The ads website Backpage.com has been shut down and seized by U.S. law enforcement agencies as part of an enforcement action by the Federal Bureau of Investigation. A posting on the website said Friday, "backpage.com and affiliated websites have been seized." There are also numerous law enforcement agency logos on the posting.
<img src="https://media.8ch.net/file_store/f097a46a0fa4f32bb50acddb8a1def69a8d554f9b05974ba1ff0c6c50041c26f.jpg" style="max-height:640px;max-width:360px;">
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The move appears to be the result of the FOSTA act which provides law enforcement a way to go after third-party websites who host criminal activity, especially child exploitation and human trafficking. Political leaders have been working to end forced prostitution and child rape and celebrated the shutdown of Backpage.
The recent FOSTA Act has led to fears and criticism from internet and free speech advocates who warn the move could lead to harsh federal limits on expression and freedom of the press. U.S. attorneys in Arizona and California, as well as the Justice Department’s section on child exploitation and obscenity and the California and Texas attorney general worked together to take down the website.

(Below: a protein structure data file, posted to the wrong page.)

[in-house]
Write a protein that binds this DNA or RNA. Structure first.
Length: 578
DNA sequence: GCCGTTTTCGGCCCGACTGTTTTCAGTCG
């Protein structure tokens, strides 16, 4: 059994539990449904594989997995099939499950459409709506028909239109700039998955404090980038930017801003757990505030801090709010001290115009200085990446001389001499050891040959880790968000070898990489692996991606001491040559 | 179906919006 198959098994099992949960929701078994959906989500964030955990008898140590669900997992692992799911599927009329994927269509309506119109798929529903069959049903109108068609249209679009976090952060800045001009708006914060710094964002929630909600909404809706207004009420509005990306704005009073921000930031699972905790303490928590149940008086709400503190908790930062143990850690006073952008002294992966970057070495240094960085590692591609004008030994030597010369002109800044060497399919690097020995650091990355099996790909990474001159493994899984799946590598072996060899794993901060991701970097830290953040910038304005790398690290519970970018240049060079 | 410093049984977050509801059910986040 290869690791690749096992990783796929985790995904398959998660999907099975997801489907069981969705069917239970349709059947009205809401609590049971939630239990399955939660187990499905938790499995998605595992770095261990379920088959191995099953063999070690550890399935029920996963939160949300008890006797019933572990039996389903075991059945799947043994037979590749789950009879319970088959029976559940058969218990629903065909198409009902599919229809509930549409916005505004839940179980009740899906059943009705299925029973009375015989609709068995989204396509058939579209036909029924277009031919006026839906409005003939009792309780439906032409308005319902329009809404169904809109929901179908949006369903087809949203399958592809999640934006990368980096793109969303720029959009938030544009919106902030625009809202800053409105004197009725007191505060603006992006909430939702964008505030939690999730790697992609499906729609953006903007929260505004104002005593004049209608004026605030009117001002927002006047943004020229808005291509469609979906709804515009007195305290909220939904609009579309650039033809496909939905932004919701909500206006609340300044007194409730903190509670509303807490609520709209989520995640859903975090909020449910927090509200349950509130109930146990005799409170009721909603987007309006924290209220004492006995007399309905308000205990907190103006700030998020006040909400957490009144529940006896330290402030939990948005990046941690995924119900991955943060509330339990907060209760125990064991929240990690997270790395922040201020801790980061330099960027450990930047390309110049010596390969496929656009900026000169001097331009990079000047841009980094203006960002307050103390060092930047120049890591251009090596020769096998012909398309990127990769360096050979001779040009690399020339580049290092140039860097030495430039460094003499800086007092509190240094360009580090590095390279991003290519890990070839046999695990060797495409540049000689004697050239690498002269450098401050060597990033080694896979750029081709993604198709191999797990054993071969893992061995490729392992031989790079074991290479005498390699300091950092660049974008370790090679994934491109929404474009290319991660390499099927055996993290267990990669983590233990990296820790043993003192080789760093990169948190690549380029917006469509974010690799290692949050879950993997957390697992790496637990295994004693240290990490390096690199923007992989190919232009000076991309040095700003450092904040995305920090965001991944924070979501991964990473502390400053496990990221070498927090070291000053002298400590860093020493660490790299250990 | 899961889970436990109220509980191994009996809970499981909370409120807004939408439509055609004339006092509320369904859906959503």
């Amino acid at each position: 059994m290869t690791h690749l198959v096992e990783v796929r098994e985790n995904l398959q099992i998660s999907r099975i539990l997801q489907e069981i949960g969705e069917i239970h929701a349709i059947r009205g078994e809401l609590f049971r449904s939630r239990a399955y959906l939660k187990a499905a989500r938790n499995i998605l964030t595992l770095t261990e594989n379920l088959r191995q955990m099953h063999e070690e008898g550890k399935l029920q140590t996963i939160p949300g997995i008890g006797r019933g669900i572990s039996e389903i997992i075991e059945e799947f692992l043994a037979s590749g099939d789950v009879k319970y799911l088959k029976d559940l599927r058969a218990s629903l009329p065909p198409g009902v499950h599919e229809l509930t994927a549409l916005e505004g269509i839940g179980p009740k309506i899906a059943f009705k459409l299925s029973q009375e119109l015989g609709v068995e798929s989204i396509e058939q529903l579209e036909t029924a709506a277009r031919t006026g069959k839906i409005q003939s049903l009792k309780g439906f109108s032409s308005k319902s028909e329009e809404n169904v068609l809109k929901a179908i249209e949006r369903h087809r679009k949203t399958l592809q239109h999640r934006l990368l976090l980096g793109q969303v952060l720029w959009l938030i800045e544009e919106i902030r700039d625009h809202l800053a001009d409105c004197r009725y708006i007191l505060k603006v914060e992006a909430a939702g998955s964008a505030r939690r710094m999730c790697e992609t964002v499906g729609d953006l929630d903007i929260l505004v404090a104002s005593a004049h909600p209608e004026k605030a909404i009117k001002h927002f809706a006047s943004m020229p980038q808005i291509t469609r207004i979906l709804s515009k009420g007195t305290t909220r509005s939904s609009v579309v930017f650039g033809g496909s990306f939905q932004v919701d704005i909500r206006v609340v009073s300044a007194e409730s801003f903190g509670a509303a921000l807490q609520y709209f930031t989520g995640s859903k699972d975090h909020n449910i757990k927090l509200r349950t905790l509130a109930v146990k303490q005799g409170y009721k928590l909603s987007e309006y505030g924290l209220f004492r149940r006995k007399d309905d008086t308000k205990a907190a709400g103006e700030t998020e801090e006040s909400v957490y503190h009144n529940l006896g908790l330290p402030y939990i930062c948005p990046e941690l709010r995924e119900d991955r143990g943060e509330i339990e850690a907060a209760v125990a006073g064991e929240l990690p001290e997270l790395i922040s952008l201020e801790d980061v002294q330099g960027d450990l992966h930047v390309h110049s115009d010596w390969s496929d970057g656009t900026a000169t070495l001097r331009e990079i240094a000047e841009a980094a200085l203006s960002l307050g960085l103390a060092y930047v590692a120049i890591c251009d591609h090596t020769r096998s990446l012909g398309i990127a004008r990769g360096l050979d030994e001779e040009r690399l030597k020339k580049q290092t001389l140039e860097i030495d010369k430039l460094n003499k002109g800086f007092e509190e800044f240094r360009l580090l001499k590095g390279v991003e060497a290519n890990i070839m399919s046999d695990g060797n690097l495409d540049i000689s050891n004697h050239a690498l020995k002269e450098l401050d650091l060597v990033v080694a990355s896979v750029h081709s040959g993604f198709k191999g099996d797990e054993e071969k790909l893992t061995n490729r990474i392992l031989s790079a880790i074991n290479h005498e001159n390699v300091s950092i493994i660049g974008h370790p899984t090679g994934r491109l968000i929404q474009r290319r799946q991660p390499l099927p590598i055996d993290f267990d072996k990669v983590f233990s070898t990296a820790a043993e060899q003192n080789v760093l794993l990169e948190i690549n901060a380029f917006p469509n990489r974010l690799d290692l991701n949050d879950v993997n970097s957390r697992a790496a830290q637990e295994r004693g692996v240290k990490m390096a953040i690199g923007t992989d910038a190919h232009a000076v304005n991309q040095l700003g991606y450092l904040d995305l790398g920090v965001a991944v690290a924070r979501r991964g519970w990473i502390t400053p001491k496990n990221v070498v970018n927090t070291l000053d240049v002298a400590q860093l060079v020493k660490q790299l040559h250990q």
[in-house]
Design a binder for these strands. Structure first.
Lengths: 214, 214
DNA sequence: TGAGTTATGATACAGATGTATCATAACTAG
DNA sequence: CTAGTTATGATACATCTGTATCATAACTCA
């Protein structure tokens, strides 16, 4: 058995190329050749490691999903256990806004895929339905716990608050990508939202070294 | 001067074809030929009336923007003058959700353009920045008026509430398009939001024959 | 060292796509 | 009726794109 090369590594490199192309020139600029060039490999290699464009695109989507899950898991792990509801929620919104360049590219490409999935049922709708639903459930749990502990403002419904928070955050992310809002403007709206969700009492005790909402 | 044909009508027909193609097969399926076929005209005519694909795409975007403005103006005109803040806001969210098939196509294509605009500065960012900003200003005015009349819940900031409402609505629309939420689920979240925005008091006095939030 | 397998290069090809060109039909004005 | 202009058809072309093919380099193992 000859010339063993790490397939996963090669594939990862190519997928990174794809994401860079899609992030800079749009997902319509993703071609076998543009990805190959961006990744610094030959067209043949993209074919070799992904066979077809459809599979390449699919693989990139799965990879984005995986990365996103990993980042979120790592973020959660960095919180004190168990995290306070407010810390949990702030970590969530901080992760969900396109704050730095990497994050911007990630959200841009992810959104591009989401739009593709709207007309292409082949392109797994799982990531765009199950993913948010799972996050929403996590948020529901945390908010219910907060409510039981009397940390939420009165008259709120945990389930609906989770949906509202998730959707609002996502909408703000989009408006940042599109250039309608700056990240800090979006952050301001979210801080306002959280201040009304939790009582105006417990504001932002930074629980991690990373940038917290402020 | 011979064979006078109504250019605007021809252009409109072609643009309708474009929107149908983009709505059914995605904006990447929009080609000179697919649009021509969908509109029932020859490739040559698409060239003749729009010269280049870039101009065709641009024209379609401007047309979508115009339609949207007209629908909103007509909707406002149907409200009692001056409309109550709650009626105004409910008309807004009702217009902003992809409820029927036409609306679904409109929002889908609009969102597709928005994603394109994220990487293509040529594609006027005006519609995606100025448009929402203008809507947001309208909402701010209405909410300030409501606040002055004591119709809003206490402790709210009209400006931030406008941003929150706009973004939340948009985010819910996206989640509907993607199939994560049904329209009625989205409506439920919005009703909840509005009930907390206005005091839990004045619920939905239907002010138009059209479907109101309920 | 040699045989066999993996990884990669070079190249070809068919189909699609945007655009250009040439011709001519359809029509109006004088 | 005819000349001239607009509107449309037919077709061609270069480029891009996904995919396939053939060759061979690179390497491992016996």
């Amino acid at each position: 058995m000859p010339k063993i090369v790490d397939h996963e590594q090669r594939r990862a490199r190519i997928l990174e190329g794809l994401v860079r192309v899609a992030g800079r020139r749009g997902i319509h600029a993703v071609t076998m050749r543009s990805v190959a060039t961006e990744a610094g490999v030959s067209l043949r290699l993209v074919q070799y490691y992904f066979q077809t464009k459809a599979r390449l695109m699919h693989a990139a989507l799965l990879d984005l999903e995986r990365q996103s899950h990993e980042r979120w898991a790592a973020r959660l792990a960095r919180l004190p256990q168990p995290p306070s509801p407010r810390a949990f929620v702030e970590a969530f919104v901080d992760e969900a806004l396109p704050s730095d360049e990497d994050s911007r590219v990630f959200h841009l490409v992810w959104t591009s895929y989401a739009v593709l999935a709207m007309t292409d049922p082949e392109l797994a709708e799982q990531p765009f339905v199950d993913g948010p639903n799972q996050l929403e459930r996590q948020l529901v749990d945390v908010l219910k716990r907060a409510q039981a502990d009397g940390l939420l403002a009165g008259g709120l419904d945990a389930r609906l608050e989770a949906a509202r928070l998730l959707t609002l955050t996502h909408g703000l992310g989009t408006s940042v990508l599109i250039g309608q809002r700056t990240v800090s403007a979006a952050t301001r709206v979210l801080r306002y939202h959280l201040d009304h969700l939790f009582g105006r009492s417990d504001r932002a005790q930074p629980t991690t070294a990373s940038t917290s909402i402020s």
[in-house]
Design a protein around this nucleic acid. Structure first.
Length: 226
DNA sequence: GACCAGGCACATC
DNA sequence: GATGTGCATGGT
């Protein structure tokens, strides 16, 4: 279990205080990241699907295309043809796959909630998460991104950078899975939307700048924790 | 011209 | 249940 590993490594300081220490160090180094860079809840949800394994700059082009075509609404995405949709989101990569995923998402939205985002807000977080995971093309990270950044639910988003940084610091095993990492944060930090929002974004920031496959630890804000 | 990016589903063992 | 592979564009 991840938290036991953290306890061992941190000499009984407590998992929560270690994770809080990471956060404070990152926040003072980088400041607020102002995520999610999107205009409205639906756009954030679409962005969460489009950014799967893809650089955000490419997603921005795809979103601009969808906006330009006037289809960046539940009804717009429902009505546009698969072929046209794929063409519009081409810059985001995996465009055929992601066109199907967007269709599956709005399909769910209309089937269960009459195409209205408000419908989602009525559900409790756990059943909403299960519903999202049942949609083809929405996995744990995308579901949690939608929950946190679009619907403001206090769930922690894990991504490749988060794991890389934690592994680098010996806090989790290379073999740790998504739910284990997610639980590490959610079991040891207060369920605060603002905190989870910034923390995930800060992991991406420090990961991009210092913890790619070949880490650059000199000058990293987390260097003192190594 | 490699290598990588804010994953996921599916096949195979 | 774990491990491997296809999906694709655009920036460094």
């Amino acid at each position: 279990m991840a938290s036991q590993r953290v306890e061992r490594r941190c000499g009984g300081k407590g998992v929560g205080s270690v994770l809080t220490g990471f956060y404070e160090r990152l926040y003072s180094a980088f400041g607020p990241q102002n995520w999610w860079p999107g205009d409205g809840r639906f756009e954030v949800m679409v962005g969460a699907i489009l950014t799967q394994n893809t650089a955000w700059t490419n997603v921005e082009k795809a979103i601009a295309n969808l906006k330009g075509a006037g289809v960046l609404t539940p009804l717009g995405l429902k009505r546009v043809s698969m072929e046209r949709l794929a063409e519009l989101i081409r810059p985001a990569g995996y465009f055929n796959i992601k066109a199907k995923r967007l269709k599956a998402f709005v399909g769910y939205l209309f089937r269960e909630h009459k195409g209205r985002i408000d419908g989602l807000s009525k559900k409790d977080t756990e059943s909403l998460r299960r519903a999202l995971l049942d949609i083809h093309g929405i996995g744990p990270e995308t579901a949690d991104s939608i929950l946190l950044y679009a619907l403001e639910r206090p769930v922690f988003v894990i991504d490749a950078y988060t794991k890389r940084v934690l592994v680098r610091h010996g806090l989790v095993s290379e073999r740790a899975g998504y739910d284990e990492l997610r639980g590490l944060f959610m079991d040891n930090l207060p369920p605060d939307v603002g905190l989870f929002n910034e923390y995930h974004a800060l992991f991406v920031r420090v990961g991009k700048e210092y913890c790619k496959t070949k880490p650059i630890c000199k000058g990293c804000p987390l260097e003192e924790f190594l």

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Any legal information regarding the seizing of the website is under wraps according to the Justice Department who said the case remains sealed late Friday. "Law enforcement activity" was confirmed at the home of Michael Lacey, one of the founders of Backpage, by a Phoenix FBI official but he referred any further inquiries to the Justice Department.
Senator Heidi Heitkamp tweeted in praise of the shutdown of Backpage, "Today, Backpage was shut down. It’s a huge step. Now no child will be sold for sex through this website." Heitkamp is one of the people behind legislation that makes it easier for state prosecutors and sex-trafficking victims to sue social media networks, including advertisers and anyone else who failed to keep the sex trafficking off their platforms.
Bradley Myles, chief executive of Polaris, an international anti-slavery group that runs the National Human Trafficking Hotline said, "Shutting down the largest online U.S. marketplace for sex trafficking will dramatically reduce the profitability of forcing people into the commercial sex trade, at least in the short term."
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